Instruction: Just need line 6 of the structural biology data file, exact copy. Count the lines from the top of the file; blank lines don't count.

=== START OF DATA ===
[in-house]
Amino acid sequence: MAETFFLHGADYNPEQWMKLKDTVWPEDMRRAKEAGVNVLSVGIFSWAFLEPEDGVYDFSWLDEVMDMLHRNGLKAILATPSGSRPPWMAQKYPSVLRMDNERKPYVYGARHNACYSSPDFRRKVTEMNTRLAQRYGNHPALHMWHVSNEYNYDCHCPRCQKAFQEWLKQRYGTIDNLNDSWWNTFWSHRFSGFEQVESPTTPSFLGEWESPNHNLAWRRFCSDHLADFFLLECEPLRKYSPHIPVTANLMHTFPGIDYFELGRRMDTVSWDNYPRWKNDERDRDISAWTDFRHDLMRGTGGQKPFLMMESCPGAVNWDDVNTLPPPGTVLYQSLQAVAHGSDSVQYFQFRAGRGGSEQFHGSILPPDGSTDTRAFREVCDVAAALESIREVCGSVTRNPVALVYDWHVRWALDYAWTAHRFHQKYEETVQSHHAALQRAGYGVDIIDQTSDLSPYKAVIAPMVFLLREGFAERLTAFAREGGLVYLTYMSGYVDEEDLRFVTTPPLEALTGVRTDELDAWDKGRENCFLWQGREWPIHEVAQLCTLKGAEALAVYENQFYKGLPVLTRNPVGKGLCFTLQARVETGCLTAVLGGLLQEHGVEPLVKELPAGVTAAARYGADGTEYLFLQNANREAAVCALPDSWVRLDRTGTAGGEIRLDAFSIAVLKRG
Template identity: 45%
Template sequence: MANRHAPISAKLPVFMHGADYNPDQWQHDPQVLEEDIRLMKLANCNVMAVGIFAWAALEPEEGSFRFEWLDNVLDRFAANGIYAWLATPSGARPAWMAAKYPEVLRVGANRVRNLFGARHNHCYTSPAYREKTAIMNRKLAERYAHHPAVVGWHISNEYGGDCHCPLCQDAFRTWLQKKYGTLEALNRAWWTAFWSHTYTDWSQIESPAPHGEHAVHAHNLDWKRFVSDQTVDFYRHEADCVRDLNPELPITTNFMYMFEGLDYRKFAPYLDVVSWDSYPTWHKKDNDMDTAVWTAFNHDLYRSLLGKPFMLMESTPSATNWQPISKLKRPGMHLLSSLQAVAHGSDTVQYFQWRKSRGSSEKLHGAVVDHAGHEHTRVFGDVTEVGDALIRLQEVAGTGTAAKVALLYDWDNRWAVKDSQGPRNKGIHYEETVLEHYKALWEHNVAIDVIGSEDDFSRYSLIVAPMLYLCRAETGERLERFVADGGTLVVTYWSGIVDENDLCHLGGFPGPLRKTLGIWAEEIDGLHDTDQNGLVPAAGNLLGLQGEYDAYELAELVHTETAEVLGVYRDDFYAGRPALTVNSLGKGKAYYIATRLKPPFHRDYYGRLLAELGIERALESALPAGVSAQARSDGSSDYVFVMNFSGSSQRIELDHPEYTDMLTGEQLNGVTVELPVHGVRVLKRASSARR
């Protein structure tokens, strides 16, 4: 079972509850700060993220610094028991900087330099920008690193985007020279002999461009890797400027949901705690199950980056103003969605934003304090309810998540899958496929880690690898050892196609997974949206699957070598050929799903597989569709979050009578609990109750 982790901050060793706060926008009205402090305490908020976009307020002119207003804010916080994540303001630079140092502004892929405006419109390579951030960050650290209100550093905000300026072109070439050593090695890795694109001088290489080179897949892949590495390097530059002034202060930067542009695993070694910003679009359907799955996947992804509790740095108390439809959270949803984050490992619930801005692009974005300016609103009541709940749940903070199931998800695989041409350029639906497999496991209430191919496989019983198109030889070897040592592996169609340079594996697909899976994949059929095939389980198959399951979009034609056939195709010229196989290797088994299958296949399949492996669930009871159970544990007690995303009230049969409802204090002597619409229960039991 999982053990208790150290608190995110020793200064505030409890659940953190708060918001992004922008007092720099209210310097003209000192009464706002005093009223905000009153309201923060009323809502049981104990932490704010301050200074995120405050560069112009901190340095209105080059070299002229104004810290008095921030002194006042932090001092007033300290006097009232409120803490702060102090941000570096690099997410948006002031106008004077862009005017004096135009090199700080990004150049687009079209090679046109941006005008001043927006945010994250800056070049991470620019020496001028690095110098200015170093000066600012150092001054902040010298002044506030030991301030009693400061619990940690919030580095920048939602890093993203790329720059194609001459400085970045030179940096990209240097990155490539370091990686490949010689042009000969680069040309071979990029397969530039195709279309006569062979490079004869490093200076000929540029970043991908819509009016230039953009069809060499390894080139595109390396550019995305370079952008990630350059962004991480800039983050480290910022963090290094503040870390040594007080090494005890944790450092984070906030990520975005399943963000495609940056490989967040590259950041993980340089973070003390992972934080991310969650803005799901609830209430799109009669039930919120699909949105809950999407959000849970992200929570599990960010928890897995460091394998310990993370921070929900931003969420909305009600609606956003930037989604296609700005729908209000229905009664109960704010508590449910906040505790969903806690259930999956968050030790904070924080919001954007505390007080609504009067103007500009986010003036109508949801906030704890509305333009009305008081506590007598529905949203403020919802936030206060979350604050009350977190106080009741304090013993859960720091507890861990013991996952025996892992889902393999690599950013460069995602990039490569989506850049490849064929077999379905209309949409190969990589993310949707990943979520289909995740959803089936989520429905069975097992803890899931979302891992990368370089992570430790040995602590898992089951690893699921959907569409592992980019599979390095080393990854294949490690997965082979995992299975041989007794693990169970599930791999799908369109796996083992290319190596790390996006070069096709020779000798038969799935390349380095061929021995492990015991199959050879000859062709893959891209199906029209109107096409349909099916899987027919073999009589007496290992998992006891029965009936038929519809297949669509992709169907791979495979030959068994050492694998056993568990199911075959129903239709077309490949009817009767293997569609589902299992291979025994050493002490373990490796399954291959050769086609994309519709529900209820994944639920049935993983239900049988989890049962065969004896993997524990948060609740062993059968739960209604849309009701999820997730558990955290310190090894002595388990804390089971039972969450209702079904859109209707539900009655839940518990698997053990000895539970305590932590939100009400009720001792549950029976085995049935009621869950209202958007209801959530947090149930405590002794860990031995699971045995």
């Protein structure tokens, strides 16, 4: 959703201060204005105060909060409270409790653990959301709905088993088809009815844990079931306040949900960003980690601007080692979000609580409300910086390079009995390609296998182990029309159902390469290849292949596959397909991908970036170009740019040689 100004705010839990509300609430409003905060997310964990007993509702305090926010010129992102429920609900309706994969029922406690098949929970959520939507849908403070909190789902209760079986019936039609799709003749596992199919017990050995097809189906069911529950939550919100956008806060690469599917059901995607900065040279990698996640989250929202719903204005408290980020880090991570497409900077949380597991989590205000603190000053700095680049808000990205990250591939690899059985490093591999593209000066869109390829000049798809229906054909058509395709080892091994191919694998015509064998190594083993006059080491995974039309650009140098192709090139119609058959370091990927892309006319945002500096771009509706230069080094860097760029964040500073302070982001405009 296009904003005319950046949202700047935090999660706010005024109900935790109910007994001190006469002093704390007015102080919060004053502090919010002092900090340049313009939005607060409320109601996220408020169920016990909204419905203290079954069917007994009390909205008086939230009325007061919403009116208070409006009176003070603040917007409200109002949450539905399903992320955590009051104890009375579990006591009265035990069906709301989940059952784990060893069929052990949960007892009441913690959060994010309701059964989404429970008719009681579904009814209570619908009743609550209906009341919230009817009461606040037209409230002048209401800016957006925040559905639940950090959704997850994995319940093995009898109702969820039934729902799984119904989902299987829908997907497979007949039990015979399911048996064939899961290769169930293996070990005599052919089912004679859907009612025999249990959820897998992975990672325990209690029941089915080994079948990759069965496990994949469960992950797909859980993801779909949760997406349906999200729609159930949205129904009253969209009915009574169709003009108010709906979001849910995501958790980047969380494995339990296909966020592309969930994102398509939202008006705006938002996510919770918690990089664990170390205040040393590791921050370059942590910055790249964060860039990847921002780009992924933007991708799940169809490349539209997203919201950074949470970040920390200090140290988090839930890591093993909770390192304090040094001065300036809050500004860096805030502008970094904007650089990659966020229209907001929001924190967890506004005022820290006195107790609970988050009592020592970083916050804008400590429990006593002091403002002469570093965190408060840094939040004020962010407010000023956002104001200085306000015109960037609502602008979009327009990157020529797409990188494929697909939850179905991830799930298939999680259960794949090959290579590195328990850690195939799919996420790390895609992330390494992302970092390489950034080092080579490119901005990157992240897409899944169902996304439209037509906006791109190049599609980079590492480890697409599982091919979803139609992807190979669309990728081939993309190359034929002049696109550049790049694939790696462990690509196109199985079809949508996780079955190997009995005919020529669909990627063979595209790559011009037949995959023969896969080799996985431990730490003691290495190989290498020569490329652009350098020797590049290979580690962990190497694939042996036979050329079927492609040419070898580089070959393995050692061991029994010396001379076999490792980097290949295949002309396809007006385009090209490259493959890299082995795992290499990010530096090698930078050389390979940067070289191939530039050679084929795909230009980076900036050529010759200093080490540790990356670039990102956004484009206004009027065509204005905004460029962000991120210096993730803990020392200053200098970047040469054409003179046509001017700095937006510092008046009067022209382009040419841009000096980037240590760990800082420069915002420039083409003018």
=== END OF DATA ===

């Protein structure tokens, strides 16, 4: 959703201060204005105060909060409270409790653990959301709905088993088809009815844990079931306040949900960003980690601007080692979000609580409300910086390079009995390609296998182990029309159902390469290849292949596959397909991908970036170009740019040689 100004705010839990509300609430409003905060997310964990007993509702305090926010010129992102429920609900309706994969029922406690098949929970959520939507849908403070909190789902209760079986019936039609799709003749596992199919017990050995097809189906069911529950939550919100956008806060690469599917059901995607900065040279990698996640989250929202719903204005408290980020880090991570497409900077949380597991989590205000603190000053700095680049808000990205990250591939690899059985490093591999593209000066869109390829000049798809229906054909058509395709080892091994191919694998015509064998190594083993006059080491995974039309650009140098192709090139119609058959370091990927892309006319945002500096771009509706230069080094860097760029964040500073302070982001405009 296009904003005319950046949202700047935090999660706010005024109900935790109910007994001190006469002093704390007015102080919060004053502090919010002092900090340049313009939005607060409320109601996220408020169920016990909204419905203290079954069917007994009390909205008086939230009325007061919403009116208070409006009176003070603040917007409200109002949450539905399903992320955590009051104890009375579990006591009265035990069906709301989940059952784990060893069929052990949960007892009441913690959060994010309701059964989404429970008719009681579904009814209570619908009743609550209906009341919230009817009461606040037209409230002048209401800016957006925040559905639940950090959704997850994995319940093995009898109702969820039934729902799984119904989902299987829908997907497979007949039990015979399911048996064939899961290769169930293996070990005599052919089912004679859907009612025999249990959820897998992975990672325990209690029941089915080994079948990759069965496990994949469960992950797909859980993801779909949760997406349906999200729609159930949205129904009253969209009915009574169709003009108010709906979001849910995501958790980047969380494995339990296909966020592309969930994102398509939202008006705006938002996510919770918690990089664990170390205040040393590791921050370059942590910055790249964060860039990847921002780009992924933007991708799940169809490349539209997203919201950074949470970040920390200090140290988090839930890591093993909770390192304090040094001065300036809050500004860096805030502008970094904007650089990659966020229209907001929001924190967890506004005022820290006195107790609970988050009592020592970083916050804008400590429990006593002091403002002469570093965190408060840094939040004020962010407010000023956002104001200085306000015109960037609502602008979009327009990157020529797409990188494929697909939850179905991830799930298939999680259960794949090959290579590195328990850690195939799919996420790390895609992330390494992302970092390489950034080092080579490119901005990157992240897409899944169902996304439209037509906006791109190049599609980079590492480890697409599982091919979803139609992807190979669309990728081939993309190359034929002049696109550049790049694939790696462990690509196109199985079809949508996780079955190997009995005919020529669909990627063979595209790559011009037949995959023969896969080799996985431990730490003691290495190989290498020569490329652009350098020797590049290979580690962990190497694939042996036979050329079927492609040419070898580089070959393995050692061991029994010396001379076999490792980097290949295949002309396809007006385009090209490259493959890299082995795992290499990010530096090698930078050389390979940067070289191939530039050679084929795909230009980076900036050529010759200093080490540790990356670039990102956004484009206004009027065509204005905004460029962000991120210096993730803990020392200053200098970047040469054409003179046509001017700095937006510092008046009067022209382009040419841009000096980037240590760990800082420069915002420039083409003018």